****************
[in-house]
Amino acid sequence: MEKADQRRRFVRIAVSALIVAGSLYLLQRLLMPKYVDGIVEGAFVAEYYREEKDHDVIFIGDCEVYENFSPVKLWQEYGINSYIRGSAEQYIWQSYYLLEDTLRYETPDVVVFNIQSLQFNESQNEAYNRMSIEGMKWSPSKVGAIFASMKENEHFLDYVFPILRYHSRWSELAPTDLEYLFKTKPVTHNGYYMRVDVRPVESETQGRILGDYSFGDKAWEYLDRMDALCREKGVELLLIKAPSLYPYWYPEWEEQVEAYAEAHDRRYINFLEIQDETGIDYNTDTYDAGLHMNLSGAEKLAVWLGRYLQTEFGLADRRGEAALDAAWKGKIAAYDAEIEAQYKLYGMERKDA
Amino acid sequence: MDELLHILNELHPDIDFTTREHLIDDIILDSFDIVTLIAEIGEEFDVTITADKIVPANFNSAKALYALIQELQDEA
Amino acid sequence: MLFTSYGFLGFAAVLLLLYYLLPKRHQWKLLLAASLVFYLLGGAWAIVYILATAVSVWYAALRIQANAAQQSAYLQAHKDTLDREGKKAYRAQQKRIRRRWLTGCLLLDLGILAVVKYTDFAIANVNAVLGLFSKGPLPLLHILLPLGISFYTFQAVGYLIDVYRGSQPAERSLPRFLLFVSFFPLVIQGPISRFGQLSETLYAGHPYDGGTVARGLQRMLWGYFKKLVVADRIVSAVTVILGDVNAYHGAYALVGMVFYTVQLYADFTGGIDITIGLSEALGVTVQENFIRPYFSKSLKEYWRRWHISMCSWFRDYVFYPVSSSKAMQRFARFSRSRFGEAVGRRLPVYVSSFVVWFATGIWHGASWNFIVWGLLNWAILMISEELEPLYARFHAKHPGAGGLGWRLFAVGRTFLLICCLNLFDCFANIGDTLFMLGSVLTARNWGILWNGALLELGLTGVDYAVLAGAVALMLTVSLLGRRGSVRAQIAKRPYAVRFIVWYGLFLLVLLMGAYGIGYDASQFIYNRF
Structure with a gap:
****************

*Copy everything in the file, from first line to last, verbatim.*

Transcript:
[in-house]
Amino acid sequence: MEKADQRRRFVRIAVSALIVAGSLYLLQRLLMPKYVDGIVEGAFVAEYYREEKDHDVIFIGDCEVYENFSPVKLWQEYGINSYIRGSAEQYIWQSYYLLEDTLRYETPDVVVFNIQSLQFNESQNEAYNRMSIEGMKWSPSKVGAIFASMKENEHFLDYVFPILRYHSRWSELAPTDLEYLFKTKPVTHNGYYMRVDVRPVESETQGRILGDYSFGDKAWEYLDRMDALCREKGVELLLIKAPSLYPYWYPEWEEQVEAYAEAHDRRYINFLEIQDETGIDYNTDTYDAGLHMNLSGAEKLAVWLGRYLQTEFGLADRRGEAALDAAWKGKIAAYDAEIEAQYKLYGMERKDA
Amino acid sequence: MDELLHILNELHPDIDFTTREHLIDDIILDSFDIVTLIAEIGEEFDVTITADKIVPANFNSAKALYALIQELQDEA
Amino acid sequence: MLFTSYGFLGFAAVLLLLYYLLPKRHQWKLLLAASLVFYLLGGAWAIVYILATAVSVWYAALRIQANAAQQSAYLQAHKDTLDREGKKAYRAQQKRIRRRWLTGCLLLDLGILAVVKYTDFAIANVNAVLGLFSKGPLPLLHILLPLGISFYTFQAVGYLIDVYRGSQPAERSLPRFLLFVSFFPLVIQGPISRFGQLSETLYAGHPYDGGTVARGLQRMLWGYFKKLVVADRIVSAVTVILGDVNAYHGAYALVGMVFYTVQLYADFTGGIDITIGLSEALGVTVQENFIRPYFSKSLKEYWRRWHISMCSWFRDYVFYPVSSSKAMQRFARFSRSRFGEAVGRRLPVYVSSFVVWFATGIWHGASWNFIVWGLLNWAILMISEELEPLYARFHAKHPGAGGLGWRLFAVGRTFLLICCLNLFDCFANIGDTLFMLGSVLTARNWGILWNGALLELGLTGVDYAVLAGAVALMLTVSLLGRRGSVRAQIAKRPYAVRFIVWYGLFLLVLLMGAYGIGYDASQFIYNRF
Structure with a gap: